6.3.3 Stacking Faults and Other Two Dimensional Defects

Stacking faults

Two-dimensional defects like stacking faults, but, to some extent also grain- and phase boundaries, give rise to some special contrast features.
Stacking faults are best seen and identified under dynamical two-beam condition; i.e. the Bragg condition is exactly met for one point in the reciprocal lattice.
This automatically implies that the diffracted beam, if seen as the primary beam, also meets the Bragg condition; it is diffracted back into the primary beam wave field.
This leads to an oscillation of the intensity between the primary and the diffracted beam as a function of depth in the sample; the "wave length" of this periodic intensity variations is called the extinction length x.
For a wedge-shaped specimen, the intensity of the primary or diffracted wave thus changes with the local thickness; it goes through maxima and minima.
The illustration shows the resulting image: a system of black and white fringes, called thickness fringes or thickness contours is seen on the screen.On top a schematicdrawing, on the bottom the real thing. In this case it is an etch pit in a Ge sample which is the usual inverted pyramid with {111} planes.
Thickness contours in TEM
A stacking fault can be seen as the boundary between two wedge shaped crystals which are in direct contact, but with a displacement R along the wedge.
As a result, the two fringe systems resulting from the two wedges do not fit together anymore. A new fringe system develops delineating the stacking fault; we see the typical stacking fault fringes
Again, getting all the signs right, the nature of the stacking fault can be determined. If intrinsic stacking faults under some imaging conditions would start with a white fringe, extrinsic stacking faults would start with a black one. Reversing the sign of the diffraction vector g or the displacement vector R changes white to black and vice versa.
If more kinematical conditions are chosen, the amplitude of the intensity oscillation decreases; the stacking fault contrast assumes an average intensity that is usually different from the normal background intensity - stacking faults appear in grey.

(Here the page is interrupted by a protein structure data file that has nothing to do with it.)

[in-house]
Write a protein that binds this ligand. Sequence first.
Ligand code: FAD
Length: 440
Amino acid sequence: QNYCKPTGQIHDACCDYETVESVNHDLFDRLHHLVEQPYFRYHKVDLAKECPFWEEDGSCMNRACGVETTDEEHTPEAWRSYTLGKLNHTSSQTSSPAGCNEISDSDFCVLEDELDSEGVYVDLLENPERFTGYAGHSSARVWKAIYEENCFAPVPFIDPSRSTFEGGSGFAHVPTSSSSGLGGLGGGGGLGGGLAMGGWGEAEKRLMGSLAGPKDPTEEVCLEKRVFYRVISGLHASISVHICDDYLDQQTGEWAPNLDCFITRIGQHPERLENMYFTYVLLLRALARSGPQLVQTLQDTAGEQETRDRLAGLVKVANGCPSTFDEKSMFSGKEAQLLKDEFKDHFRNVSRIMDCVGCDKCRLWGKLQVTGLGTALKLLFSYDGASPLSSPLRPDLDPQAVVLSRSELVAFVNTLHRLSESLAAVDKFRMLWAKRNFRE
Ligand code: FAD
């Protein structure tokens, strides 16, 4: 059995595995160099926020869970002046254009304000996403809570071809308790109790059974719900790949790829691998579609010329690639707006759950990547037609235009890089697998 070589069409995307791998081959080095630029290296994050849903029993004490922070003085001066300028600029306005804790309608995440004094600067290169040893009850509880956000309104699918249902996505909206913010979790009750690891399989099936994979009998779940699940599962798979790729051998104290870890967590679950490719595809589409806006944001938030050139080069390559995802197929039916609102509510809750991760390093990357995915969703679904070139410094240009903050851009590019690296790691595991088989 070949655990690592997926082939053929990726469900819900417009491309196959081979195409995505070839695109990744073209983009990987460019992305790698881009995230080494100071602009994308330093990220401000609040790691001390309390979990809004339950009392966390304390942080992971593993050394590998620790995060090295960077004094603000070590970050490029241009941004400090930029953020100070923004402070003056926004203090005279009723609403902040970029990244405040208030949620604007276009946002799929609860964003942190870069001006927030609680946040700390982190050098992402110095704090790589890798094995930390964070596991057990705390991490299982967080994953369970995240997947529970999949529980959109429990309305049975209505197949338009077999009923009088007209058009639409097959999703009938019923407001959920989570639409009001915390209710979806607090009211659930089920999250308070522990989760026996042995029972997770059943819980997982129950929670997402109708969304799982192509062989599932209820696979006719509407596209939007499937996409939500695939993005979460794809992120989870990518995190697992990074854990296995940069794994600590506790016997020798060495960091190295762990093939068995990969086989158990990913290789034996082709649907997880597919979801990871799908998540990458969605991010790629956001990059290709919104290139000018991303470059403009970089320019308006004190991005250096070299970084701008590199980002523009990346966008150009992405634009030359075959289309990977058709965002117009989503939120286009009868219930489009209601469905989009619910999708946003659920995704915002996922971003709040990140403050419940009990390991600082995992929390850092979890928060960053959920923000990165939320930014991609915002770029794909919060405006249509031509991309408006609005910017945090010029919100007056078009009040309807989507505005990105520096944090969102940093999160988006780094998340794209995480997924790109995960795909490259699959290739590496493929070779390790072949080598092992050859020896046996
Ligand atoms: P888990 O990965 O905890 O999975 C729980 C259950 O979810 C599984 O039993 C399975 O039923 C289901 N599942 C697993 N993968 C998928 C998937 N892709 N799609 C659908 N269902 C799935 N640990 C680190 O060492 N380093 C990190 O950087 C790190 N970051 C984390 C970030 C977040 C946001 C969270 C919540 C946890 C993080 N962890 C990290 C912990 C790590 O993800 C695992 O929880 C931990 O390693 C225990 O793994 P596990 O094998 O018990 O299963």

A few examples: The picture below shows three defects that behave as predicted and could be stacking faults. Indeed, the small defect in the top half and the very large defect are stacking faults. The smaller defect in the bottom part, however is a micro twin. This is not evident from one picture, but can be concluded from contrast analysis.
Stacking fault
The next picture shows a complicated arrangement of several stacking faults:
Stacking fault loops
A whole system of overlapping oxidation induced stacking faults in Si. The biggest loop was truncated by the specimen preparation; the fringe system where the stacking fault intersects with one surface is clearly visible.
The other surface was preferentially etched; the etch pits down the (Frank) dislocation lines are clearly visible.
The overlap of several stacking faults leads to changing background contrasts - from black to no contrast (whenever multiples of three stacking faults overlap) to almost white.
Similar if less complicated contrast effects were already encountered in illustrations given before in the context of point defect agglomeration.
More examples of a typical oxidation induced stacking faults in Si (OSF) are given in the link
But there are limits to TEM analysis: Sometimes defects are observed which resist analysis. One example is shown in the link; another one we will encounter in the next subchapter.
Other Defects
The strain-induced contrast of dislocations due to local intensity variations in the primary and diffracted beams and the fringe contrast of stacking faults due to local phase shifts of the electron waves, if taken together, are sufficient to explain (quantitatively) the contrast of any defect.
It may get involved, and not everything seen in TEM micrographs will be easily explained, but in general, contrast analysis is possible and the detailed structure of the defect seen can be revealed within the limits of the resolution (you cannot, e.g., find a kink in a dislocation (size ca. 0,3 nm) with a typical kinematical bright field resolution of 5 nm).
In the links a gallery of micrographs is provided with a wide spectrum of defects. Bear in mind that most examples are from single crystalline and relatively defect free Silicon. The images of regular poly-crystalline materials would be totally dominated by their grain boundaries (see the examples at the end of the list).
Small dislocation loops in Cobalt produced by ion-implantation.
Precipitates in Silicon with dislocation structures.
Needle shaped FeSi2 precipitates in Si; the bane of early IC technology.
Helical dislocations resulting from the climb of screw dislocations.
Bowed-out dislocations in a TiAl alloy; kept in place by point defects and small precipitates.
A thin film of PtSi on Si as an example of the "real" world of fine-grained materials.
Overview of TiAl as an example of a specimen with a high defect density.

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© H. Föll (Defects - Script)